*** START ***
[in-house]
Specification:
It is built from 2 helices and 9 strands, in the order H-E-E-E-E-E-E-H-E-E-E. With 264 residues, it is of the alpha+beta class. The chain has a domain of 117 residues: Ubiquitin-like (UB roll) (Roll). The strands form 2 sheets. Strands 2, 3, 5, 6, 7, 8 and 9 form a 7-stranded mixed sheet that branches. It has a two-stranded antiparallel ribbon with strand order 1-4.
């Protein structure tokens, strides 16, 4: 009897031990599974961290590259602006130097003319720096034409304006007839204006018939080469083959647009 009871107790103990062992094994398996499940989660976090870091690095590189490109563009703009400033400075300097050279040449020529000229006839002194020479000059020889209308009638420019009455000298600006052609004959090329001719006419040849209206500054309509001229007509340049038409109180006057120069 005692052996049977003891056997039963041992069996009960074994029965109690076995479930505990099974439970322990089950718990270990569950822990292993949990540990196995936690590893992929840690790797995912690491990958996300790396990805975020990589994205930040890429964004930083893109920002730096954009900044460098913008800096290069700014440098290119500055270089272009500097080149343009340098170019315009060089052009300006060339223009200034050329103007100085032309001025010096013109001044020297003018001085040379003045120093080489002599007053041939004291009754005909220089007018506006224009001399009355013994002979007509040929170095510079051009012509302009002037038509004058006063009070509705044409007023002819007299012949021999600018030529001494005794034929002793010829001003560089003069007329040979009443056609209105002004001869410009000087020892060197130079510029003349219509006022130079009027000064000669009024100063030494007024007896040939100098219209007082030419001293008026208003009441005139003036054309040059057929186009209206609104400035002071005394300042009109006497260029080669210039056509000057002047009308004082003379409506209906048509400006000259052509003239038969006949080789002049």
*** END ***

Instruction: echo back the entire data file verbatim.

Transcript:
[in-house]
Specification:
It is built from 2 helices and 9 strands, in the order H-E-E-E-E-E-E-H-E-E-E. With 264 residues, it is of the alpha+beta class. The chain has a domain of 117 residues: Ubiquitin-like (UB roll) (Roll). The strands form 2 sheets. Strands 2, 3, 5, 6, 7, 8 and 9 form a 7-stranded mixed sheet that branches. It has a two-stranded antiparallel ribbon with strand order 1-4.
């Protein structure tokens, strides 16, 4: 009897031990599974961290590259602006130097003319720096034409304006007839204006018939080469083959647009 009871107790103990062992094994398996499940989660976090870091690095590189490109563009703009400033400075300097050279040449020529000229006839002194020479000059020889209308009638420019009455000298600006052609004959090329001719006419040849209206500054309509001229007509340049038409109180006057120069 005692052996049977003891056997039963041992069996009960074994029965109690076995479930505990099974439970322990089950718990270990569950822990292993949990540990196995936690590893992929840690790797995912690491990958996300790396990805975020990589994205930040890429964004930083893109920002730096954009900044460098913008800096290069700014440098290119500055270089272009500097080149343009340098170019315009060089052009300006060339223009200034050329103007100085032309001025010096013109001044020297003018001085040379003045120093080489002599007053041939004291009754005909220089007018506006224009001399009355013994002979007509040929170095510079051009012509302009002037038509004058006063009070509705044409007023002819007299012949021999600018030529001494005794034929002793010829001003560089003069007329040979009443056609209105002004001869410009000087020892060197130079510029003349219509006022130079009027000064000669009024100063030494007024007896040939100098219209007082030419001293008026208003009441005139003036054309040059057929186009209206609104400035002071005394300042009109006497260029080669210039056509000057002047009308004082003379409506209906048509400006000259052509003239038969006949080789002049």